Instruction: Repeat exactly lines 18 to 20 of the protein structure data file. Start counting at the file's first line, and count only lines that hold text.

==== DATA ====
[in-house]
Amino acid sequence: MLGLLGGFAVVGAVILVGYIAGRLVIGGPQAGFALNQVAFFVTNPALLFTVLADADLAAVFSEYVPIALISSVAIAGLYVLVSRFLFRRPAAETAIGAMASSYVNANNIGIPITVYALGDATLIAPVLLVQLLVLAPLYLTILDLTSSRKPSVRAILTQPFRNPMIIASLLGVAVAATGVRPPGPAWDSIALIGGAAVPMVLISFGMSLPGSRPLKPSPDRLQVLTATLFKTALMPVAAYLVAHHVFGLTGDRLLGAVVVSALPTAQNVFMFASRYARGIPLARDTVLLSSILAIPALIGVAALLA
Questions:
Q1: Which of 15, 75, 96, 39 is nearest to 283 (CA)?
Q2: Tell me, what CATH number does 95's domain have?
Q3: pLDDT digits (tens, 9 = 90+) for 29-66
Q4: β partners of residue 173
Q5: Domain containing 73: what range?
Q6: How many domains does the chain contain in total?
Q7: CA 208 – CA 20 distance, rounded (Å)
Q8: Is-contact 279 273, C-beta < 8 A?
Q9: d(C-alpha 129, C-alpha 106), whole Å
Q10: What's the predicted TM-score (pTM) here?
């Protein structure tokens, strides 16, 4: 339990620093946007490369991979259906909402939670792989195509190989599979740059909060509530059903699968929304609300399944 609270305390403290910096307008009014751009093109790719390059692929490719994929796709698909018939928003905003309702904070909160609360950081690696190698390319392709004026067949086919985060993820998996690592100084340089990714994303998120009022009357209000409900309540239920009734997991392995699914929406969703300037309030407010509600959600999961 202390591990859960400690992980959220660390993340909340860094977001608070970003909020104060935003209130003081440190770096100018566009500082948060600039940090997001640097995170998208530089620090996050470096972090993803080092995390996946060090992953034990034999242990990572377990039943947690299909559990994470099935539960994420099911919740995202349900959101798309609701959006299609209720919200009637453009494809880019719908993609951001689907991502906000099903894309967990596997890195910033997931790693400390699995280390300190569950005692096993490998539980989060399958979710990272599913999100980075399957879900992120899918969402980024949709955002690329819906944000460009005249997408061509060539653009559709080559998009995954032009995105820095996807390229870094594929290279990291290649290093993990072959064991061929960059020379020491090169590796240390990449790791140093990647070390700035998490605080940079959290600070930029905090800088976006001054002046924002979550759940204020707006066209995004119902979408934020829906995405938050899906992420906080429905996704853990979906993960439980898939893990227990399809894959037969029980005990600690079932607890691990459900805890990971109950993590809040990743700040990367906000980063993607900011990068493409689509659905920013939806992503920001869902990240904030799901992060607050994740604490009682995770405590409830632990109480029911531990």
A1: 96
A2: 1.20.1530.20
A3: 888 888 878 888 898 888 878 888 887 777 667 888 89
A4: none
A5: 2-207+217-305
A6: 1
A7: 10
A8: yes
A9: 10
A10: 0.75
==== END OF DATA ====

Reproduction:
A4: none
A5: 2-207+217-305
A6: 1